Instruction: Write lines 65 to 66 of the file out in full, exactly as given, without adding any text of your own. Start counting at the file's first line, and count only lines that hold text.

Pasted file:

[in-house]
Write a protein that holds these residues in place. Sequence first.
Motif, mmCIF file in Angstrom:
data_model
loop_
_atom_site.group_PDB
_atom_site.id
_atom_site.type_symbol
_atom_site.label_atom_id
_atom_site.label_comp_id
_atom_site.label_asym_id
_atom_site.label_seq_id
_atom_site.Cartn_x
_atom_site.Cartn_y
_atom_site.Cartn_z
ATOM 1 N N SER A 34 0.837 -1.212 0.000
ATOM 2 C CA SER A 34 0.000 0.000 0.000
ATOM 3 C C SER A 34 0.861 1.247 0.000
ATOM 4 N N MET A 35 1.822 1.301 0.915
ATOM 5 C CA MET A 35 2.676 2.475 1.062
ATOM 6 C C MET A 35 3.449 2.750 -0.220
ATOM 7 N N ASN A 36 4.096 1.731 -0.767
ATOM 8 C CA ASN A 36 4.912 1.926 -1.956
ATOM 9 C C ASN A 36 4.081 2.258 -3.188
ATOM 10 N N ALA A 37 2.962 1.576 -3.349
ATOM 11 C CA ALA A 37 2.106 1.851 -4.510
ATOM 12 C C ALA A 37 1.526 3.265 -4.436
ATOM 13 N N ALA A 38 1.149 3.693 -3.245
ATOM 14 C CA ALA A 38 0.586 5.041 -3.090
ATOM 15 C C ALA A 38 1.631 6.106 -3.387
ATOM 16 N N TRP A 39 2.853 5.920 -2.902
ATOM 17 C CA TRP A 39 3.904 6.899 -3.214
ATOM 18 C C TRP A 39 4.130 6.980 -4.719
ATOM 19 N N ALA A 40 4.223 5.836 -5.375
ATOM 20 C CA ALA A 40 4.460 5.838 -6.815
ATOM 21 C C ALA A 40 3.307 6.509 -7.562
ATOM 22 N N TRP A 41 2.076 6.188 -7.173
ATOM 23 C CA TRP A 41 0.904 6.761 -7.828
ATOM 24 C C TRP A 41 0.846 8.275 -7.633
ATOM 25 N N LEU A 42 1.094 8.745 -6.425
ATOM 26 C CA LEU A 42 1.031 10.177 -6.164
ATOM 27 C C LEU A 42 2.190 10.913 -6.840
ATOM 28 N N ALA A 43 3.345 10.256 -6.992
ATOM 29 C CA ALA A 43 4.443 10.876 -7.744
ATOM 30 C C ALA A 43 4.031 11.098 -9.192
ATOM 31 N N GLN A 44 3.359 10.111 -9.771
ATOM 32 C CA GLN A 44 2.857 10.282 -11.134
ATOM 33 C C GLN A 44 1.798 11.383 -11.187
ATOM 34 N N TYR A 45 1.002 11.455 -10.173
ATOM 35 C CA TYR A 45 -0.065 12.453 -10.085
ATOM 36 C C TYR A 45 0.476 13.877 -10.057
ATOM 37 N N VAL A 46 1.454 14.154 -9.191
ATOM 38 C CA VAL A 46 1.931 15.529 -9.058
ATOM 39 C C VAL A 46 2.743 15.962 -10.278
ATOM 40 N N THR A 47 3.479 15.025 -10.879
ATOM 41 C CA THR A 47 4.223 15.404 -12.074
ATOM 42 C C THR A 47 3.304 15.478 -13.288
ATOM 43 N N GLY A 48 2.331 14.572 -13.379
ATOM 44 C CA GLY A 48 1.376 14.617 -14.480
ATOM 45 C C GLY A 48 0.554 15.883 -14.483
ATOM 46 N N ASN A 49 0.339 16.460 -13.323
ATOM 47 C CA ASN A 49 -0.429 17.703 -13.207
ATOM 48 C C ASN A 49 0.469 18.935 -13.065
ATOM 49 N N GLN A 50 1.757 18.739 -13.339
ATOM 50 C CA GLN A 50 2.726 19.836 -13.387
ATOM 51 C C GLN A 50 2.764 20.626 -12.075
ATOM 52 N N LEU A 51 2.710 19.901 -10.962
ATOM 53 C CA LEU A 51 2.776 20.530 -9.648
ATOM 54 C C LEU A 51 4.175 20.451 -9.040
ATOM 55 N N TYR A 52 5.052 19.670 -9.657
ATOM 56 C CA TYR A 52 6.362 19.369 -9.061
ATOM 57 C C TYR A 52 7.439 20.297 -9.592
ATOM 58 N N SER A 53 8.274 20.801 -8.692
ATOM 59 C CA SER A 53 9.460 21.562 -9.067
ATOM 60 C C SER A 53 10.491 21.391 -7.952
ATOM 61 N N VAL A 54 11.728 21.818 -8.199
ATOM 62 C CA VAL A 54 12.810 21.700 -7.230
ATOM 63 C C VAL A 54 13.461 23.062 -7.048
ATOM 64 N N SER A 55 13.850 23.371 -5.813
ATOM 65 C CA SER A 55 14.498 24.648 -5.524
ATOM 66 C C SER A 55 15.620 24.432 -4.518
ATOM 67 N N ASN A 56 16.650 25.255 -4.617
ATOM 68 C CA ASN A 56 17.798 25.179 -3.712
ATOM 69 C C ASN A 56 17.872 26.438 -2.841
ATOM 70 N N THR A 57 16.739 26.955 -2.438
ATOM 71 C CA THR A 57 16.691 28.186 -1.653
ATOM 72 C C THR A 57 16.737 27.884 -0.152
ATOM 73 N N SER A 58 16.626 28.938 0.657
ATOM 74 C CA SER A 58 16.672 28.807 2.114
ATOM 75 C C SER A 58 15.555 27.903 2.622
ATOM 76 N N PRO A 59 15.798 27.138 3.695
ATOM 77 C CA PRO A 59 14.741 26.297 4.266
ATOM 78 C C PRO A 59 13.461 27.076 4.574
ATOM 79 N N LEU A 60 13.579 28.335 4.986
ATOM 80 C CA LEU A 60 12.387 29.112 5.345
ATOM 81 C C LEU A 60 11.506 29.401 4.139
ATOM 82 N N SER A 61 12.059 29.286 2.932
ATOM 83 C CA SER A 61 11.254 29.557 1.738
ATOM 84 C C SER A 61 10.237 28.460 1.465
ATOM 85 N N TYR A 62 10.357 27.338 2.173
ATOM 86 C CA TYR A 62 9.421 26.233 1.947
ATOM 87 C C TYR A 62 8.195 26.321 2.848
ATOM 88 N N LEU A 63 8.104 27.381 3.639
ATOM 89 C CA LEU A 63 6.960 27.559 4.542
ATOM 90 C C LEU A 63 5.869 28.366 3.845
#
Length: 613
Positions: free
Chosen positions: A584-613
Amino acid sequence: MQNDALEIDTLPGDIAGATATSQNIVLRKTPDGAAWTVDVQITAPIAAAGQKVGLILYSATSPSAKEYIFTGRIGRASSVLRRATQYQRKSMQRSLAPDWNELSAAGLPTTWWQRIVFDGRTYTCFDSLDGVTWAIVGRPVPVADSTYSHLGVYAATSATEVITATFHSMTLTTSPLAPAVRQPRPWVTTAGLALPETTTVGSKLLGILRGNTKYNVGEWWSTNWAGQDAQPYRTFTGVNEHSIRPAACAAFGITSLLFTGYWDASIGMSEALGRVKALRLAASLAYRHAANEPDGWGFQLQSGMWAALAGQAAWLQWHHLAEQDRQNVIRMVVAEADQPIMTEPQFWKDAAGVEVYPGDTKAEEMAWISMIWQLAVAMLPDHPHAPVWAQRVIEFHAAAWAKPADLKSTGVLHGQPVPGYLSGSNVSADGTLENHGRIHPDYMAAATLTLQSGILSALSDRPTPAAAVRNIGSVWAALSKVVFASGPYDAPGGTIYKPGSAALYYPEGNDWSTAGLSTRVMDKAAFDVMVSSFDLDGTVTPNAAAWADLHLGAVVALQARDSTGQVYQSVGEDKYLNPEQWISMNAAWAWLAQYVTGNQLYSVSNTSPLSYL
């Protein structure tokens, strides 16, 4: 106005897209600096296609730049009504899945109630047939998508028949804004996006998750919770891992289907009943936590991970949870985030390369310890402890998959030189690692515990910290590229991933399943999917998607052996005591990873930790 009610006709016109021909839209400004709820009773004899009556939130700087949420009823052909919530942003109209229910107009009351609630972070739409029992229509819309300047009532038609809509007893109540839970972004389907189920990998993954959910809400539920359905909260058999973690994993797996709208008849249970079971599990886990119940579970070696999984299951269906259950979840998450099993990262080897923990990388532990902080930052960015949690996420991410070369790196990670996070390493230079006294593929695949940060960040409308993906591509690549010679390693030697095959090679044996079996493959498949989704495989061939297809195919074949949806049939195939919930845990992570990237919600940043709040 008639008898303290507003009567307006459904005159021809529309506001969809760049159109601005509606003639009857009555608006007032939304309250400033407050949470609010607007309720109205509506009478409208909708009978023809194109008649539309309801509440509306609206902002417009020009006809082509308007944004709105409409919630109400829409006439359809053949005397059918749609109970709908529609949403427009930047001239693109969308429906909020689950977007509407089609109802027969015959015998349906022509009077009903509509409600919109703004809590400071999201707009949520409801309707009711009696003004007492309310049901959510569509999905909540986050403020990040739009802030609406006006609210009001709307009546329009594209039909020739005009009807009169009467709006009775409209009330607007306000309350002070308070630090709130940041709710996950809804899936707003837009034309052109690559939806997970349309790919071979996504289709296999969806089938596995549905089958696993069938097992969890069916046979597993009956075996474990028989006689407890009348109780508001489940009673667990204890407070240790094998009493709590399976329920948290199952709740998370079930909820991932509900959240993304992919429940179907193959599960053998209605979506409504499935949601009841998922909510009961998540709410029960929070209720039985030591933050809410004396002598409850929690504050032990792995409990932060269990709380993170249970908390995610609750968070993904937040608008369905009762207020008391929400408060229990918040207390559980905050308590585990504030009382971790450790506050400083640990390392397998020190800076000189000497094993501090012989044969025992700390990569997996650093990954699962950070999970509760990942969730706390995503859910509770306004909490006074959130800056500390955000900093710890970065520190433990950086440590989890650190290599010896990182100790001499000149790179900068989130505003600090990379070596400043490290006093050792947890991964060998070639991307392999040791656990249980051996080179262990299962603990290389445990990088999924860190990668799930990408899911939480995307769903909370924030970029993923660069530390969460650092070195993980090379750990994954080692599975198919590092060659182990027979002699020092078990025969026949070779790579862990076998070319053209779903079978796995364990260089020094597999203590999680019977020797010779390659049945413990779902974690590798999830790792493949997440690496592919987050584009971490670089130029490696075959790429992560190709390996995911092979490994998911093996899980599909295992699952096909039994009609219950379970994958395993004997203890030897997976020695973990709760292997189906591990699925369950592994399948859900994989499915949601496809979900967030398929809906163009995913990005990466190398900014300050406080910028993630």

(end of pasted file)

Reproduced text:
ATOM 50 C CA GLN A 50 2.726 19.836 -13.387
ATOM 51 C C GLN A 50 2.764 20.626 -12.075